Sunday, April 01, 2007

What’s the One Thing Big Business and the Left Have in Common?

The struggle to establish universal health insurance, dormant for more than a decade, is back. Should it actually succeed over the next few years, historians may trace that triumph, at least in part, to a news conference on Capitol Hill — and to a most unusual figure who participated in it. The event took place in early December, just after the Democrats won back control of Congress. Its sponsor was Senator Ron Wyden, Democrat of Oregon, who was unveiling what would become the first universal-coverage proposal of the new political alignment. [...]

Among those flanking Wyden onstage were other longtime advocates of universal coverage, including Andy Stern, president of the Service Employees International Union. He, too, paid homage to the traditional rationale, arguing that Wyden’s plan “sets down a moral test: Why doesn’t every American have the right to the same health care as the president, the vice president, 535 members of Congress and three million federal workers?”

One of the men alongside Wyden and Stern stood out, however, politically if not visually. He was Steve Burd, chairman and C.E.O. of Safeway supermarkets. Nobody has ever accused Burd of having a bleeding heart: a former management consultant with a graduate degree in economics, he became notorious two years earlier when he helped lead California grocers into battle with their labor unions over employee medical benefits. Burd insisted that the unions accept skimpier insurance to save his company money. [...]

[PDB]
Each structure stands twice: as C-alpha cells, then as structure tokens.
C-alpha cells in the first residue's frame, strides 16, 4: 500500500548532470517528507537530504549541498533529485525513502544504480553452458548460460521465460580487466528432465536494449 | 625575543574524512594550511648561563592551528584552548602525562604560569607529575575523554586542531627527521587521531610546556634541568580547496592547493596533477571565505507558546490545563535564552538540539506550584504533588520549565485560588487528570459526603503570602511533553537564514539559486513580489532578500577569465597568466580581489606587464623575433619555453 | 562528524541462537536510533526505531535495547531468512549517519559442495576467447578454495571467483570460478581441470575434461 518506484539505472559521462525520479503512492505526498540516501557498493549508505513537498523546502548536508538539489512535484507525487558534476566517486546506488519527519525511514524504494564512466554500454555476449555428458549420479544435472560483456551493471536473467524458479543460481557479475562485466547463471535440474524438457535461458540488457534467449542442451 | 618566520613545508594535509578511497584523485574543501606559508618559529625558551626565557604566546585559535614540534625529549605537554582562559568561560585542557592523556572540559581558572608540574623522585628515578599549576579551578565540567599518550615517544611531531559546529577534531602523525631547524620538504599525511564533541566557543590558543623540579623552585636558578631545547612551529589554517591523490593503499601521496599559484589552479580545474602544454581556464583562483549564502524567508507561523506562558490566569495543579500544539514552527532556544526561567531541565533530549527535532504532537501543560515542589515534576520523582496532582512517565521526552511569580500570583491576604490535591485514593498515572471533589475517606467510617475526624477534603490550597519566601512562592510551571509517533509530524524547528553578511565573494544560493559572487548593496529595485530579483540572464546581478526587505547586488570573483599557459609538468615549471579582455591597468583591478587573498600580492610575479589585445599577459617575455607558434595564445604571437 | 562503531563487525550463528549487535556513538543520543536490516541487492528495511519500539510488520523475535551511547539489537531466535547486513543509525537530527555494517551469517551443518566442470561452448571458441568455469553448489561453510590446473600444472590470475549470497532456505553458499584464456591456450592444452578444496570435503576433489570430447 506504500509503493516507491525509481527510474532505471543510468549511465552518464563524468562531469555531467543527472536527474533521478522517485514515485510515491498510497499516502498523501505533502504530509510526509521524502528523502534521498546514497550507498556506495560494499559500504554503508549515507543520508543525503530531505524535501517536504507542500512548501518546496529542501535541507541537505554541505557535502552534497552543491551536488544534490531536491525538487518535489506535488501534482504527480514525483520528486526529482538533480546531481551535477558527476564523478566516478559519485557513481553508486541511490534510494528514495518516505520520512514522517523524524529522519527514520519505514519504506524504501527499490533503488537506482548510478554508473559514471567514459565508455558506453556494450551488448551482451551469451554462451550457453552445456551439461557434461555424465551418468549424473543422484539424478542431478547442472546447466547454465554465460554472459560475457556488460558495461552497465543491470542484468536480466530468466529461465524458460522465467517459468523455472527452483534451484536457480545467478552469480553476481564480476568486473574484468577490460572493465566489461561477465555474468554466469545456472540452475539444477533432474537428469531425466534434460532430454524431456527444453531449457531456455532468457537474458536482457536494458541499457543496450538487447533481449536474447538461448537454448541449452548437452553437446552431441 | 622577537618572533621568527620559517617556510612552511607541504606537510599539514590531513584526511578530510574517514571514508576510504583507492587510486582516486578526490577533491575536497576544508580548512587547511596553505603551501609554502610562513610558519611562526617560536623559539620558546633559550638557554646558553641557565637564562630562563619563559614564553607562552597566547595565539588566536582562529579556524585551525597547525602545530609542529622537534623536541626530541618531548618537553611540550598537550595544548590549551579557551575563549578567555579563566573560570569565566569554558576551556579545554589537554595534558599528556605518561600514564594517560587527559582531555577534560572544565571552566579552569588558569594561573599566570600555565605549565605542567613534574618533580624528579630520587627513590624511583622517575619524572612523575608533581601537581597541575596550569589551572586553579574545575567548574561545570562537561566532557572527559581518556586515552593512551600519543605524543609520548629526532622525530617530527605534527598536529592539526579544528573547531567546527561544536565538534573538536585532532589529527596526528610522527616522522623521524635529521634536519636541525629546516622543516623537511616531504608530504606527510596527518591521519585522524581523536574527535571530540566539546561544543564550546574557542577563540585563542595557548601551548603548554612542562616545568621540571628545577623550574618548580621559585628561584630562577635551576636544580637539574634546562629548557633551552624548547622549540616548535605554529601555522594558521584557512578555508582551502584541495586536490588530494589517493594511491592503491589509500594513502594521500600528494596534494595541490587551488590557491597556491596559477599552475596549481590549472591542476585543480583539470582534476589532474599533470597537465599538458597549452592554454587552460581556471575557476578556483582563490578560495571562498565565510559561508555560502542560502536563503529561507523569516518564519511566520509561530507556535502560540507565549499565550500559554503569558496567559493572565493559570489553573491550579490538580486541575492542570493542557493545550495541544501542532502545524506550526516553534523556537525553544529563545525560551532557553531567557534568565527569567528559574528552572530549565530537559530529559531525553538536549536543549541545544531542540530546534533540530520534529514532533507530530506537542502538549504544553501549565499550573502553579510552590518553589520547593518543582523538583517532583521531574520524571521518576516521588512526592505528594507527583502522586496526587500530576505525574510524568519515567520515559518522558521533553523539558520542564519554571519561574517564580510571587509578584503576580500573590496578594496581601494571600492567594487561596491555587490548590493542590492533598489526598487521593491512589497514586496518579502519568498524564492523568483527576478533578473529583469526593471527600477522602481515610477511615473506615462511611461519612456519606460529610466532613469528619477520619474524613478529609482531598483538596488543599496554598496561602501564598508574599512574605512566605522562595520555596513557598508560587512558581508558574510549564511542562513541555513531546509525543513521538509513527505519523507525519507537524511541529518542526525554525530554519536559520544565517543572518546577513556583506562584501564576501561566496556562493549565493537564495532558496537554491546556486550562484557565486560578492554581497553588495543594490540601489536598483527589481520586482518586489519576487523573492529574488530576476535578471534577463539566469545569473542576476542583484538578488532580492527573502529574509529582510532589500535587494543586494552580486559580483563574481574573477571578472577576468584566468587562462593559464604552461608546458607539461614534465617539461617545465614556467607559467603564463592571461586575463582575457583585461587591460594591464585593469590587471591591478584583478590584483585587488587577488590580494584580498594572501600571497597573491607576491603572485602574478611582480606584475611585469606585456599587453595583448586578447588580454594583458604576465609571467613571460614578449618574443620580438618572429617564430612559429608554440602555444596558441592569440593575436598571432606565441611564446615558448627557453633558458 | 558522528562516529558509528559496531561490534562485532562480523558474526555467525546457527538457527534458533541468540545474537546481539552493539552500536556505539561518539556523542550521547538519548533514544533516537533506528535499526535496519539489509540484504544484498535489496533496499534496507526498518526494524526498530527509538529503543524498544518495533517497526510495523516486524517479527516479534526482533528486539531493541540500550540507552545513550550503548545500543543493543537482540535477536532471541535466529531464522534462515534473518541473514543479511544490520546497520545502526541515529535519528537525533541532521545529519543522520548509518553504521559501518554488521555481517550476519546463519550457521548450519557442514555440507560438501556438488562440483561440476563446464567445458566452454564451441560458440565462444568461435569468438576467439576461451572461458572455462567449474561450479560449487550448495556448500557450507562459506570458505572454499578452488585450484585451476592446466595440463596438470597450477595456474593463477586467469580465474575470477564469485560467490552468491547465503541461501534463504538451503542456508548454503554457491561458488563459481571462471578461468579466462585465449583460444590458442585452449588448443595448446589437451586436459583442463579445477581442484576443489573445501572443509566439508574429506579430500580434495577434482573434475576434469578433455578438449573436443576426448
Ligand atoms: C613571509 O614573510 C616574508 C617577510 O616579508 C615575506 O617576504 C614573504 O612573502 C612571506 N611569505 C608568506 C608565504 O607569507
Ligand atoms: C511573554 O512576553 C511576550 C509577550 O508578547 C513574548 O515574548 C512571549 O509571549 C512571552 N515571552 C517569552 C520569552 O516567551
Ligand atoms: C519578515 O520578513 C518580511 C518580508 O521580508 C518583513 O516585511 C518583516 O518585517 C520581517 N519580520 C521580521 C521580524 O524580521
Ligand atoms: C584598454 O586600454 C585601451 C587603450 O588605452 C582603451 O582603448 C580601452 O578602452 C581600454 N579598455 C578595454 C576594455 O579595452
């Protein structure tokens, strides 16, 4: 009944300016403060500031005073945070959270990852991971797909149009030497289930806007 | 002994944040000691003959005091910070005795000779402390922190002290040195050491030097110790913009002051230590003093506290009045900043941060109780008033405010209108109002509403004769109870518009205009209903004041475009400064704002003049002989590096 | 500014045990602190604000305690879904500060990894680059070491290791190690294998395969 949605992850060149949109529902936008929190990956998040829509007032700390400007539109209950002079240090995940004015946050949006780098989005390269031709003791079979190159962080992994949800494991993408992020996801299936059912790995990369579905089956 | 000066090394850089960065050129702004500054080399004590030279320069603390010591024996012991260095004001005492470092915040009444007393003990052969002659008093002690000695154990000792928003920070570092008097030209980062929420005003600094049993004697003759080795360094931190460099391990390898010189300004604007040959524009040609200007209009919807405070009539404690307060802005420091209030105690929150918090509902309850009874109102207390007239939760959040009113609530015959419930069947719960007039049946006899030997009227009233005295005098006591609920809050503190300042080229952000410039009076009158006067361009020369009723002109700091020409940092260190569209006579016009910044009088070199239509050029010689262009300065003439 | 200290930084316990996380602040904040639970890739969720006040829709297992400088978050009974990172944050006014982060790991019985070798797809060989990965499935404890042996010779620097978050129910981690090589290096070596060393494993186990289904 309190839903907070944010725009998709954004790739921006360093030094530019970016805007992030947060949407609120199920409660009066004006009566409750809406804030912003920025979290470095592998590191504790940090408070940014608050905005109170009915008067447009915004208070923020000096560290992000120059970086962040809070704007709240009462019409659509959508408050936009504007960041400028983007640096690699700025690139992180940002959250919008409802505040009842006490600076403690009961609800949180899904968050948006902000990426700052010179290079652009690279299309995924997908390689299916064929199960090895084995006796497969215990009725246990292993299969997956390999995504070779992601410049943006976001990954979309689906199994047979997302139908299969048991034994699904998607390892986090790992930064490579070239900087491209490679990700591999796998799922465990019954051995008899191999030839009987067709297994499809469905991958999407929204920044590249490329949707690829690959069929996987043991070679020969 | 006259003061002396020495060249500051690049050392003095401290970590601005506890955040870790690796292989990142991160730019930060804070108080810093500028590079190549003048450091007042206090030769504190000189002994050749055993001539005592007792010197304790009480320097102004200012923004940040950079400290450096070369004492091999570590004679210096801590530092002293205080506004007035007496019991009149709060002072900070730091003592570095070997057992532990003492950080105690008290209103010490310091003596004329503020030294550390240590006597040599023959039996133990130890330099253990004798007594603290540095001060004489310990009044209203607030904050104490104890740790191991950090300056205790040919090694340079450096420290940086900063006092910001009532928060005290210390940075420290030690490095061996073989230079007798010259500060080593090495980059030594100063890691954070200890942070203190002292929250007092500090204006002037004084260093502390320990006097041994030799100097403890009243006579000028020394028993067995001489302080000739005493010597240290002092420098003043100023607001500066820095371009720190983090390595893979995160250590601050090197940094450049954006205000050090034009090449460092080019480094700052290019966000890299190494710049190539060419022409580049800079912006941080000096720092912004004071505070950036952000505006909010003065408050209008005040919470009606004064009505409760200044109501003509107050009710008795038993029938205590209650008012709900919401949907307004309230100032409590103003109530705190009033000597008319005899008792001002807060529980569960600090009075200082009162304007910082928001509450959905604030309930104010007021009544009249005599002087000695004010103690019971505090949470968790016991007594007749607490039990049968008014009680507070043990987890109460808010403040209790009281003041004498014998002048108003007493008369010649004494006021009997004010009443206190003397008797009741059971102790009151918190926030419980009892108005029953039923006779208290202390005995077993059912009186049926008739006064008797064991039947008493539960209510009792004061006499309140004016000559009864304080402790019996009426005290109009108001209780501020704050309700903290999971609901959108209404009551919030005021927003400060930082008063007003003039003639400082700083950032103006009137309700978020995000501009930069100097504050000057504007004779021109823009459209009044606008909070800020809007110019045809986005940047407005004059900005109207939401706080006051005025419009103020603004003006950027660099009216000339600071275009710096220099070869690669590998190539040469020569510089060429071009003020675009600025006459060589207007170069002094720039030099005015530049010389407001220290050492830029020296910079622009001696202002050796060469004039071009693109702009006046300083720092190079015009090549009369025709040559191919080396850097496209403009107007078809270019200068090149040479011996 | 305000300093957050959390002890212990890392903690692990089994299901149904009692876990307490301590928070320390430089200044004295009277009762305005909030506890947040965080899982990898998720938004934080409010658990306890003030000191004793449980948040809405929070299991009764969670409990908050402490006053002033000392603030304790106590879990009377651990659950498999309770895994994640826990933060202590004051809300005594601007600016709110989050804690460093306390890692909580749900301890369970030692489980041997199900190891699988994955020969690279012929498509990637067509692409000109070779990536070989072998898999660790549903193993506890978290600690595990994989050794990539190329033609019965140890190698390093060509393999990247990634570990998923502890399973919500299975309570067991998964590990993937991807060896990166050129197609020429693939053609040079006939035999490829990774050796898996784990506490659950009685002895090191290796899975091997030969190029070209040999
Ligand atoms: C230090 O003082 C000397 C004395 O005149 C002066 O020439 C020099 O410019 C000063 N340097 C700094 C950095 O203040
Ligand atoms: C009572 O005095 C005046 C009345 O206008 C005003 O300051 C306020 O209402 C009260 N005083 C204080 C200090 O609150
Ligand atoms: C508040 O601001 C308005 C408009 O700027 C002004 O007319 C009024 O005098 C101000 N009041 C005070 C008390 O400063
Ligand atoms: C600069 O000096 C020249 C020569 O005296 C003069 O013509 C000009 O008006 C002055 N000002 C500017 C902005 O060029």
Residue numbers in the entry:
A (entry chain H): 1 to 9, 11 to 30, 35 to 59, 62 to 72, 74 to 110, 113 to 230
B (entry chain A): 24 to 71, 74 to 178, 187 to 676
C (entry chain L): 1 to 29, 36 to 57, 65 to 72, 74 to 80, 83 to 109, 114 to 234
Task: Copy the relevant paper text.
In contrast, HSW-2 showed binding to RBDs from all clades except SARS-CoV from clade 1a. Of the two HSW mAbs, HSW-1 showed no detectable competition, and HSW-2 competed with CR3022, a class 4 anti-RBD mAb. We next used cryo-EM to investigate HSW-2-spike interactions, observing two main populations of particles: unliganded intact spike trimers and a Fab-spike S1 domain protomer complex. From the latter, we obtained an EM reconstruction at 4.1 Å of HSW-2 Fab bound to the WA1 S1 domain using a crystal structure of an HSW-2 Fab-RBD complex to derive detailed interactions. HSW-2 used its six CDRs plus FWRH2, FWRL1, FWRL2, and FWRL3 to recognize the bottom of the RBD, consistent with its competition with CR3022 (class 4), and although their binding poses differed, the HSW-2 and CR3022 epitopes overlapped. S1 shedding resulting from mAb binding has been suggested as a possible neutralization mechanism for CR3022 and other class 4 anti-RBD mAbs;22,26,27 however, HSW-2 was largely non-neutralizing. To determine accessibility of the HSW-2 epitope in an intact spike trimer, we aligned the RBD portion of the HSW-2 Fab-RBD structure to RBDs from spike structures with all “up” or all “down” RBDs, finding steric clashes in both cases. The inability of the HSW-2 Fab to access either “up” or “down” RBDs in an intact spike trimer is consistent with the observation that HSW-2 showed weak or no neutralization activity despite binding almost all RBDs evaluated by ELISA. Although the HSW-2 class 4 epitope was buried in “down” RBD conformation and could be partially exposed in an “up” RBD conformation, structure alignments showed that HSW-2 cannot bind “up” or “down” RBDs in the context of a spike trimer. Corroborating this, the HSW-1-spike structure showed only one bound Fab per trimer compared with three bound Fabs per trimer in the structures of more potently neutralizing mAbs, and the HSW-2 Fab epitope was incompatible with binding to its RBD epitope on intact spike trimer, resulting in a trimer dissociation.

Yet here was Burd in Washington, arm in arm with one of labor’s most passionate leaders, endorsing a plan in which the government would guarantee affordable, high-quality insurance to every single American. “Our nation is facing a crisis that requires immediate attention,” Burd declared. “Working together, business, labor, government, consumer groups and health-care providers can collectively solve this problem.” And while the “working together” line had the feel of boilerplate, Burd meant it. In the year that Wyden took constructing his proposal, Burd was quietly advising him; eventually they or their staffs were conferring almost every week.

I don't care about the details of providing universal health care. I suspect that single payer would be better for us, but if individual mandates improves the current situation, super. But people deserve to be free from the fear of losing access to health care.

And think of how this can encourage people to start their own businesses. Health care is a big factor in a person's decision about employment. If a person and his family can be covered outside of employment, I suspect a lot more people would take a risk on starting their own shop.

Oh, and I don't know why the author of this article didn't get a quote from The Left. Don't let that detract from the rest of the article.


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